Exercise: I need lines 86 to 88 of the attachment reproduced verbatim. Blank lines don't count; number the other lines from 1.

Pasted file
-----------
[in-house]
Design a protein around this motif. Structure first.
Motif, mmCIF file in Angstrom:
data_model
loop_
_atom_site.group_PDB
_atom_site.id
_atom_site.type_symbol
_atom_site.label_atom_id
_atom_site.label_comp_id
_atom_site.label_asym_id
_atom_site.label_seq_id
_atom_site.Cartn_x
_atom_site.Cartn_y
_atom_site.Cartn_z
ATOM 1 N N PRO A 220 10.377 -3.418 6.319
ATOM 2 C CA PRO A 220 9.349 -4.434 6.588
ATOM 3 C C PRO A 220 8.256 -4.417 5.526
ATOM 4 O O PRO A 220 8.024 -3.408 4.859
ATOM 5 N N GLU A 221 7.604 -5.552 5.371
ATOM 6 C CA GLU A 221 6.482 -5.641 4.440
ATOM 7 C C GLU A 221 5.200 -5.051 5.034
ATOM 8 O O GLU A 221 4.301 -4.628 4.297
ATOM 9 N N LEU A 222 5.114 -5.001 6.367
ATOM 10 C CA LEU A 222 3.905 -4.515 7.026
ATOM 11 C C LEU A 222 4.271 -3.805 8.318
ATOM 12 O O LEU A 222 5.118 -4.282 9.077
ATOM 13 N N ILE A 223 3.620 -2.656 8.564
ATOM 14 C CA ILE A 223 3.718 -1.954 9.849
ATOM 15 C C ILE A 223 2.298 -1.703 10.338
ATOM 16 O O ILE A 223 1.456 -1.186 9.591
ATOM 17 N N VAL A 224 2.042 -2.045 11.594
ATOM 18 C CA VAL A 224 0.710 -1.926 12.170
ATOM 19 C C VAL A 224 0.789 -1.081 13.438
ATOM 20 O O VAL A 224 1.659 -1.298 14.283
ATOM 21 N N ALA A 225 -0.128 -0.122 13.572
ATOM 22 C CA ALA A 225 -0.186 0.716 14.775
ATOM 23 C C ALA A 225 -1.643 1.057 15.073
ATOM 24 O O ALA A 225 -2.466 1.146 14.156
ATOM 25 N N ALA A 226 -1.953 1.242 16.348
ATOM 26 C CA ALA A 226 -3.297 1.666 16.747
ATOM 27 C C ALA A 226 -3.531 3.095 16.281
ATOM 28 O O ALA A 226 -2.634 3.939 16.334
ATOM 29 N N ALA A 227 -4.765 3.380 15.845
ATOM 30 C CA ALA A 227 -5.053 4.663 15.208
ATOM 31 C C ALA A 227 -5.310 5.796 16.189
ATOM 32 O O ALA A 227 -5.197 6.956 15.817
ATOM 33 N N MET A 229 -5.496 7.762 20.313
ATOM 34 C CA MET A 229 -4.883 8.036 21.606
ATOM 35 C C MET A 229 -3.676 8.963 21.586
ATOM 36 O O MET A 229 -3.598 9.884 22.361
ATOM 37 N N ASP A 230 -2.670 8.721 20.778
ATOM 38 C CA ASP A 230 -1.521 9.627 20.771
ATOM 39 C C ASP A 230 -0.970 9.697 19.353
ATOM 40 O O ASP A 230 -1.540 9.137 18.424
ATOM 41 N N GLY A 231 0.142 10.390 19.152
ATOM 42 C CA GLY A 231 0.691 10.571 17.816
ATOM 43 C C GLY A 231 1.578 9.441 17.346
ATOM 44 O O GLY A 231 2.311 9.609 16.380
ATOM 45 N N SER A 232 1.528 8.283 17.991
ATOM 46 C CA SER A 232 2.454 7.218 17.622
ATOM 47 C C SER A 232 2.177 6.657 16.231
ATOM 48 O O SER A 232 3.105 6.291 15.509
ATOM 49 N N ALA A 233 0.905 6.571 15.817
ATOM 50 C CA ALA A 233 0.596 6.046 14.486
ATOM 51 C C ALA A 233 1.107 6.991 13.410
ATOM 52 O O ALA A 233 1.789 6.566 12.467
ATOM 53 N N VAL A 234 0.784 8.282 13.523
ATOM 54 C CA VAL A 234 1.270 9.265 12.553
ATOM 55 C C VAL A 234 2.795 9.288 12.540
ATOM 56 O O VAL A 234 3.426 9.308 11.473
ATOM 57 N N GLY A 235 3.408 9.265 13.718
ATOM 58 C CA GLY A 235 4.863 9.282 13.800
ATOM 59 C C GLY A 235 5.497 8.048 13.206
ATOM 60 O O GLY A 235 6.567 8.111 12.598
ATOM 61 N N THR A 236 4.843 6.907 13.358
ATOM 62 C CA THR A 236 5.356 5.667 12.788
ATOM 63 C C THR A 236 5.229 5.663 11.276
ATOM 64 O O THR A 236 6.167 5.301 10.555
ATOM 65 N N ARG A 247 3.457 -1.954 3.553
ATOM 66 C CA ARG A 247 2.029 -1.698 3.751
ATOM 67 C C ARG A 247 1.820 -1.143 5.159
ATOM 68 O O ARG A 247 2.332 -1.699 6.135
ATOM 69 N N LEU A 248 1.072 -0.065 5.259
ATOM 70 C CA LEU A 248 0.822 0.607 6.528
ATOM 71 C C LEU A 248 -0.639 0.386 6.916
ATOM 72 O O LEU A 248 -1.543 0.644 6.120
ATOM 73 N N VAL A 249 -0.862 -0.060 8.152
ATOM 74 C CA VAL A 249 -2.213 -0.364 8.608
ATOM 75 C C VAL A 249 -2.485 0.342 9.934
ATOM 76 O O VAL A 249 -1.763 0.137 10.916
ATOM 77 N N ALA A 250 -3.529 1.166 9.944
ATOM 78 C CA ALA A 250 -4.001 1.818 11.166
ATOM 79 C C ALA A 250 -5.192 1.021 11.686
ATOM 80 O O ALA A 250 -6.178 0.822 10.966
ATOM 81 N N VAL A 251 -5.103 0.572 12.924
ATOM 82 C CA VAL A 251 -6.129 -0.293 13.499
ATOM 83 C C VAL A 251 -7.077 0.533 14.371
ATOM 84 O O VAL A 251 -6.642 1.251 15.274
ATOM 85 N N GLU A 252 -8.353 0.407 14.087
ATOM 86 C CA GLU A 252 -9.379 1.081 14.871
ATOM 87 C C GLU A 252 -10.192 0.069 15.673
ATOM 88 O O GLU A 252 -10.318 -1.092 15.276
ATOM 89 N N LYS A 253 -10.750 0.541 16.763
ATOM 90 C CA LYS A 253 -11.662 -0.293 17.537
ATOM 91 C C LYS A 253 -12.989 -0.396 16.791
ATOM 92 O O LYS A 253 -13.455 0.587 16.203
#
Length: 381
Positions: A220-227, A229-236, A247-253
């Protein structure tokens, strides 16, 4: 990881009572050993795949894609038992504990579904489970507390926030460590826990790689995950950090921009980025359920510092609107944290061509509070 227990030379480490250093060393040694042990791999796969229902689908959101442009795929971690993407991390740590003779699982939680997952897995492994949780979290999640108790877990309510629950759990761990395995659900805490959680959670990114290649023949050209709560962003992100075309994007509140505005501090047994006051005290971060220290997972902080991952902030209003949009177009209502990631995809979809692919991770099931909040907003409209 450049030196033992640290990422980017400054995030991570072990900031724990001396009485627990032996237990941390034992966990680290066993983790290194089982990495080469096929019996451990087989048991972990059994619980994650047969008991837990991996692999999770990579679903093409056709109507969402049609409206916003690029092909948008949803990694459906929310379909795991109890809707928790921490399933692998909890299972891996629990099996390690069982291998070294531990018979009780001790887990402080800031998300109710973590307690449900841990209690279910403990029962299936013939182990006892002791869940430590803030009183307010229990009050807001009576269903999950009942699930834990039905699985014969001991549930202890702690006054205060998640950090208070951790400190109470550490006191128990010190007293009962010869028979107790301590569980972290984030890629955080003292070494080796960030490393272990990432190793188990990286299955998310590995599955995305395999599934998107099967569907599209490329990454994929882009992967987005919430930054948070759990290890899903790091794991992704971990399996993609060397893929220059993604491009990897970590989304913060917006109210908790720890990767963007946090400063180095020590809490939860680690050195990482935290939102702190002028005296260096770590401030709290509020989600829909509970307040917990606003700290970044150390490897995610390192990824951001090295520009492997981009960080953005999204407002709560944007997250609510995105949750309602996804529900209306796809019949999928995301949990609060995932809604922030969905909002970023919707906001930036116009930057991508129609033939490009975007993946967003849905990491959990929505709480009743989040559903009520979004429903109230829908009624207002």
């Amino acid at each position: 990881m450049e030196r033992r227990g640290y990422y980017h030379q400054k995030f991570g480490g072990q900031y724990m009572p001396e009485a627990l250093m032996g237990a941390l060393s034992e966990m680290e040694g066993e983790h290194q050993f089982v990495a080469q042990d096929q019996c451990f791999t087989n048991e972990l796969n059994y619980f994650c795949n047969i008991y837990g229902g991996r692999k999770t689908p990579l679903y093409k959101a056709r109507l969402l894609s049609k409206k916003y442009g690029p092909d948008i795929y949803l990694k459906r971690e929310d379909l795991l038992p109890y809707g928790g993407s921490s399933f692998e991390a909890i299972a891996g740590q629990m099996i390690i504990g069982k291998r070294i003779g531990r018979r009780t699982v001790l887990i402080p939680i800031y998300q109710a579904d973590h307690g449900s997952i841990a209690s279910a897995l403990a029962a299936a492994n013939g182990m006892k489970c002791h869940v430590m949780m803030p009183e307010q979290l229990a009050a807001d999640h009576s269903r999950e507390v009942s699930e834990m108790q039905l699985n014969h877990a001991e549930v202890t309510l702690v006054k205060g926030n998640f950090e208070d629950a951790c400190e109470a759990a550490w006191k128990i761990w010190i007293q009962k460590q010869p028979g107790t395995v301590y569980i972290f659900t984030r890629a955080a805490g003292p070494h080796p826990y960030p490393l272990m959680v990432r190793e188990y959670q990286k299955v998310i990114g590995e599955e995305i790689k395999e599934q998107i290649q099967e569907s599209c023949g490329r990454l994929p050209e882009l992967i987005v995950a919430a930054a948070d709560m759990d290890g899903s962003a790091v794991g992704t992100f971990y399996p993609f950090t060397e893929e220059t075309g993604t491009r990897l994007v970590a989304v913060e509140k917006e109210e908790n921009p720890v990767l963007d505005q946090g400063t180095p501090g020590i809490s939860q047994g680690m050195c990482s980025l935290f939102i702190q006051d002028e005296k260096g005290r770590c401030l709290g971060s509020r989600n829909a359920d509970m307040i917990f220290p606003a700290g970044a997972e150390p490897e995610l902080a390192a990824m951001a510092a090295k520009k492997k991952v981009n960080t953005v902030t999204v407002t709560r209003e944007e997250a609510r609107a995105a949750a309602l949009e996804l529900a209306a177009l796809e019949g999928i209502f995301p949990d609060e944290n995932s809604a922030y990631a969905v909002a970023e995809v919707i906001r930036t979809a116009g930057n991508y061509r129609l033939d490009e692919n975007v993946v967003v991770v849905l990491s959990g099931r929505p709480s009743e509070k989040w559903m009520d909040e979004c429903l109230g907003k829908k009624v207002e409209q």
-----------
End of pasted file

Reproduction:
ATOM 71 C C LEU A 248 -0.639 0.386 6.916
ATOM 72 O O LEU A 248 -1.543 0.644 6.120
ATOM 73 N N VAL A 249 -0.862 -0.060 8.152